Wednesday, 20 January 2010

Gordon and the Chocolate Factory

Gordon strolled back to Downing Street with a Cadbury chocolate bar in his hand. Cadbury owned the nation's favorite chocolate factory and provided what Gordon always said that British companies should provide: British jobs for British workers.

As he tucked into his delicious chocolate he bumped into an Oompa-Loompa who was looking rather sad. "Why the glum face, my friend?" he asked.

"Mr Brown, you said that you would protect our jobs, but Willy Wonker says that there will definitely be lay-offs. You sold us down the river."

"Not true, said Gordon. "If Britain is to survive in the globalised economy then we will have to make tough decisions. And if that means losing one of our biggest confectionery manufacturers to a US rival in the interests of competition then so be it."

"You make the tough decisions, Mr. Brown, but its us who have to live with them. I thought that you cared about British jobs."

"Oh yes, there's one British job that I definitely care about, my friend, and that's my own. You see, Willy Wonker says that he'll be leaving the factory soon after the takeover, so there will be a position vacant on the board of the new organisation. And if I lose my own job at the next general election - God forbid - then that position could be mine. There you go, that is at least one British job that will be saved."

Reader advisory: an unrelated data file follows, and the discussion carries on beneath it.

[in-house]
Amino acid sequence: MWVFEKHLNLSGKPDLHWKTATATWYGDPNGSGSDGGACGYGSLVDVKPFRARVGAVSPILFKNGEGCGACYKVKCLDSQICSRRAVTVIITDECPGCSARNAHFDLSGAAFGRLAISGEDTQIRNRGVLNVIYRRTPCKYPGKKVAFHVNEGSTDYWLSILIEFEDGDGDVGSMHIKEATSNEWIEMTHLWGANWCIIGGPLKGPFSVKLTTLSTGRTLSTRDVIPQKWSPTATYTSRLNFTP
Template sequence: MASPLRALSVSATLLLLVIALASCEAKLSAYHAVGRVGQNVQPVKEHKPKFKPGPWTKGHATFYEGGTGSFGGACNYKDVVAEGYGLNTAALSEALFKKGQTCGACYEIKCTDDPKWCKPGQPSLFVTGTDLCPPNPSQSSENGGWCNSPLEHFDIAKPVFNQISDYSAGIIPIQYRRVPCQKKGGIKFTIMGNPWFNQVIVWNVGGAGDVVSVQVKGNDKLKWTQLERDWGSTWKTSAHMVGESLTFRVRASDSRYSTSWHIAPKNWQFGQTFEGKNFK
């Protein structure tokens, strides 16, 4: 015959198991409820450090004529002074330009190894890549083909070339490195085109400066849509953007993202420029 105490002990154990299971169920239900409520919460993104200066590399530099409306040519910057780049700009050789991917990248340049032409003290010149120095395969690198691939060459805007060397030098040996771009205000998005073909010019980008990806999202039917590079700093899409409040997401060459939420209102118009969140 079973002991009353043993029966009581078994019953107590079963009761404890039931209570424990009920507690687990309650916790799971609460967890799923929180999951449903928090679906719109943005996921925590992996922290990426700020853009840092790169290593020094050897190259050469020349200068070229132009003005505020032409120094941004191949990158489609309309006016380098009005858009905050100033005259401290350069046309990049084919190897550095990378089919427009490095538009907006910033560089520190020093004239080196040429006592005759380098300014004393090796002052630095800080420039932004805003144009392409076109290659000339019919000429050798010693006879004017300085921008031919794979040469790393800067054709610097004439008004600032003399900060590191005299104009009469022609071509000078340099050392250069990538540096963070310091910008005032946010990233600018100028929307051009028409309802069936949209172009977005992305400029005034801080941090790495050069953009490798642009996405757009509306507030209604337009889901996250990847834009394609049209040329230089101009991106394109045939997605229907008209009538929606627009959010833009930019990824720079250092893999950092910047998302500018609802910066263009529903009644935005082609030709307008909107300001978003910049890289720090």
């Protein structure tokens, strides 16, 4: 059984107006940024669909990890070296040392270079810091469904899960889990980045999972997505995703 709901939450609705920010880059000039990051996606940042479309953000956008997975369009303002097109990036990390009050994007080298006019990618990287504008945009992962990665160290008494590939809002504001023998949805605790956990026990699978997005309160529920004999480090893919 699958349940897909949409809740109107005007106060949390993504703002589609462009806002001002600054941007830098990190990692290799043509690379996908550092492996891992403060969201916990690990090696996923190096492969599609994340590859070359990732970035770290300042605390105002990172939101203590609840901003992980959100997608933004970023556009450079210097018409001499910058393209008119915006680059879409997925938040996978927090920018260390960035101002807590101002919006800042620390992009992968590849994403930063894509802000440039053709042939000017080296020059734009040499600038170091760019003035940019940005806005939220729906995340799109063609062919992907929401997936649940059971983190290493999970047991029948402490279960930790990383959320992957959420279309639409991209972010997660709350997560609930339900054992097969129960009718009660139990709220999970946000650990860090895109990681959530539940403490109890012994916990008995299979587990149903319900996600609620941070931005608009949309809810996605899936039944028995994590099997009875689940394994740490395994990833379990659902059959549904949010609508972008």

With that Gordon polished off his chocolate bar and ambled back to Downing Street. As he did so he sang to himself his favorite Cadbury jingle: "Everyone's a fruit and nutcase..." and wondered how he would be remembered in years to come.

Banks to get charitable status

The government has confirmed that banks are to get charitable status by turning themselves into churches. The idea was originally proposed last year when a Bank of England report looked into whether some banks are 'too sacred to fail'.

The report concluded: "Some institutions will need to be ring-fenced so that during a crisis they can continue to operate and offer essential services. If this means applying different policies on tax and pay to these institutions then so be it.

A spokesman for The Church of the Latter Day Sachs commented: "This is what we have been asking for all along. Banks need this kind of ring-fencing. Without religion, you can't pray. But without banks you can't pay. Which is worse? Go figure." The spokesman for the Morgan Tabernacle Church added, "Now it's official. Greed is God."